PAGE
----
Each year, Medicare Part D requires group health plan sponsors to disclose to individuals who are eligible for Medicare Part D and to the Centers for Medicare and Medicaid Services (CMS) whether the health plan’s prescription drug coverage is creditable.
Plan sponsors must provide the annual disclosure notice to Medicare-eligible individuals before Oct. 15, 2020—the start date of the annual enrollment period for Medicare Part D. CMS has provided model disclosure notices for employers to use.
This notice is important because Medicare beneficiaries who are not covered by creditable prescription drug coverage and do not enroll in Medicare Part D when first eligible will likely pay higher premiums if they enroll at a later date. Although there are no specific penalties associated with this notice requirement, failing to provide the notice may be detrimental to employees.
Employers should confirm whether their health plans’ prescription drug coverage is creditable or non-creditable and prepare to send their Medicare Part D disclosure notices before Oct. 15, 2020. To make the process easier, employers often include Medicare Part D notices in open enrollment packets they send out prior to Oct. 15.
The IRS recently issued Revenue Procedure 2020-36 to index the contribution percentages in 2021 for determining affordability of an employer’s plan under the Affordable Care Act (ACA).
For plan years beginning in 2021, employer-sponsored coverage will be considered affordable if the employee’s required contribution for self-only coverage does not exceed:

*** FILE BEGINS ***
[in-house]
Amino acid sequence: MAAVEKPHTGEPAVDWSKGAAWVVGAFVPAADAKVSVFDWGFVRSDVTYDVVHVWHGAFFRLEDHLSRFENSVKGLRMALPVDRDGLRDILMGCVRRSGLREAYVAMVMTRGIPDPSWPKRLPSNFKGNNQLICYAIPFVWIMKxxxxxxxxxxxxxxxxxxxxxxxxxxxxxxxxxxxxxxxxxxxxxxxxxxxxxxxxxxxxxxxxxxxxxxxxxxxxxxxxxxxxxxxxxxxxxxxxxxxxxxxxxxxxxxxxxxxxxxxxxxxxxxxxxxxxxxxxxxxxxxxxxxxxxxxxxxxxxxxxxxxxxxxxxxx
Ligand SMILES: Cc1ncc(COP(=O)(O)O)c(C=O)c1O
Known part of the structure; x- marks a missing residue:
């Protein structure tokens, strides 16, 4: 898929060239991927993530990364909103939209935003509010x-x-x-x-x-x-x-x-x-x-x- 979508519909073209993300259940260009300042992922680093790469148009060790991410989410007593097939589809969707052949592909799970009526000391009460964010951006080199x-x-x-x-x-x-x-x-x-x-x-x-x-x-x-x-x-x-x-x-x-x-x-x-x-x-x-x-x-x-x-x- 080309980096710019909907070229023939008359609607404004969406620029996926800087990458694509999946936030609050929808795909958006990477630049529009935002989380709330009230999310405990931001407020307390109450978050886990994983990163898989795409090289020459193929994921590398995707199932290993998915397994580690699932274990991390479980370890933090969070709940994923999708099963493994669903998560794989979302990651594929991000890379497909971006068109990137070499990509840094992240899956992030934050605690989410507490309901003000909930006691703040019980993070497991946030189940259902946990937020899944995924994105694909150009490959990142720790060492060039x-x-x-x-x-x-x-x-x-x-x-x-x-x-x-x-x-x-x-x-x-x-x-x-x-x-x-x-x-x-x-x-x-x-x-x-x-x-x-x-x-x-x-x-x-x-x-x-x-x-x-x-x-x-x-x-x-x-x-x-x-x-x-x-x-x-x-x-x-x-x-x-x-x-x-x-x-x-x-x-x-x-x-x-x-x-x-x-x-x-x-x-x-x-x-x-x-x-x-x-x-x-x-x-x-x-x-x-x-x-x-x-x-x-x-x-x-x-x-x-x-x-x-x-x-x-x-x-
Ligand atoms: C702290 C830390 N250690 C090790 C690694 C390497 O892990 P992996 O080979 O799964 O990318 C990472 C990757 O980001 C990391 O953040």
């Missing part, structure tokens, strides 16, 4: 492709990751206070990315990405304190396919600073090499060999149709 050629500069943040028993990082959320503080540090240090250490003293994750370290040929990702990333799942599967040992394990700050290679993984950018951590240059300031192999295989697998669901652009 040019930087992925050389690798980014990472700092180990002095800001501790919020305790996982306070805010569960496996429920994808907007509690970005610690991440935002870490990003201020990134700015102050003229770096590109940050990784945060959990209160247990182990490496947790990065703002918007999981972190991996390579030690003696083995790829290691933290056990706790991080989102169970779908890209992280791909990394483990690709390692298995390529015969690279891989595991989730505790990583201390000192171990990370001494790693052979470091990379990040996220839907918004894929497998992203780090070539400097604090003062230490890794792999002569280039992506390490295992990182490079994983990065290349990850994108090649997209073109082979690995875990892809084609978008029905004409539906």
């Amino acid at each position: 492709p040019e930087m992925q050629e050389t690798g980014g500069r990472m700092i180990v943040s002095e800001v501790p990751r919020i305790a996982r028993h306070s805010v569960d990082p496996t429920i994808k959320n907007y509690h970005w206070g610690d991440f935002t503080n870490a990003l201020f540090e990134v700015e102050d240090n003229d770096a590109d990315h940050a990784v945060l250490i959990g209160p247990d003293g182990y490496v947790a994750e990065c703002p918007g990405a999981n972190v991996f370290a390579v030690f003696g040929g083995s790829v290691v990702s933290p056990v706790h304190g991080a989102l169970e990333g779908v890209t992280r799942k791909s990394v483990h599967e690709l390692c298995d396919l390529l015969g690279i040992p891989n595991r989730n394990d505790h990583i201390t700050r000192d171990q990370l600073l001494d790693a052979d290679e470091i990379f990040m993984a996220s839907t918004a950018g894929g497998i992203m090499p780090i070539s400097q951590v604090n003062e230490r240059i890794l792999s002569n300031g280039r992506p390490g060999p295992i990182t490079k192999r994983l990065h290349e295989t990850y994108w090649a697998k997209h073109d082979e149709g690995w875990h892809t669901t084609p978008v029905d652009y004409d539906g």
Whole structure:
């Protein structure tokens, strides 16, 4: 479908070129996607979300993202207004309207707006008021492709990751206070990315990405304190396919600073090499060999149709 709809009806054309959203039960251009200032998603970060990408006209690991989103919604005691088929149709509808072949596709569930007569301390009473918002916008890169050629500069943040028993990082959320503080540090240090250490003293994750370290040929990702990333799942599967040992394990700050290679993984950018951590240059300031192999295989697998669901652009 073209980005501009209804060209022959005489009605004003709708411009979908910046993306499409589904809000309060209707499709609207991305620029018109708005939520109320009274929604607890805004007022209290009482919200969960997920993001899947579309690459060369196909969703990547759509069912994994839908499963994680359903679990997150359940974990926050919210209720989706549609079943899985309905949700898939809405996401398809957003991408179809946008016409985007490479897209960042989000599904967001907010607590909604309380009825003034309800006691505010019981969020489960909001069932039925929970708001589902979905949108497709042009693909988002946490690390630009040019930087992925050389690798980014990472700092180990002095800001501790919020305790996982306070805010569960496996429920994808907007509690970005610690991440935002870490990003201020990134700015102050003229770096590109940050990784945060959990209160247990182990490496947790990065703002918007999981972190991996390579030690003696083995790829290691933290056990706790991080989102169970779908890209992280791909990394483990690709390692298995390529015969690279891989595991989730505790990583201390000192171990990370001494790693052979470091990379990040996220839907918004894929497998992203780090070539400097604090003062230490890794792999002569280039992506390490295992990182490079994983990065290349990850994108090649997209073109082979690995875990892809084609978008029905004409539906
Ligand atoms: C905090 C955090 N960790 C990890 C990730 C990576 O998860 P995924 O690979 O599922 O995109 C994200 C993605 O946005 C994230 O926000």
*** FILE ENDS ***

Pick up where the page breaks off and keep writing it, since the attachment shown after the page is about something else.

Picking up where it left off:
On Tuesday, June 23, 2020, District Judge Carl Nichols ruled in favor of the Trump administration’s final rule requiring hospitals to disclose their negotiated prices. The rule was released on Nov. 15, 2019, and set to take effect Jan. 1, 2021.
However, in December 2019, the American Hospital Association (AHA) filed a lawsuit attempting to block the rule’s implementation, stating that the requirement to disclose negotiated prices violated their First Amendment rights.
Nichols ruled that it was within the Department of Health and Human Services’ (HHS) scope to require the disclosure of these negotiated rates, rejecting the AHA’s claims.
What’s included in the final rule?
Hospitals will be required to provide easily accessible billing information to patients. This means having all standard charges available online and in one single data file that can be “read by other computer systems,” according to a Centers for Medicare & Medicaid Services (CMS) press release.
The charges listed would include “the gross charges, payer-specific negotiated charges, the amount the hospital is willing to accept in cash from a patient, and the minimum and maximum negotiated charges,” according to the initial press release about the final rule.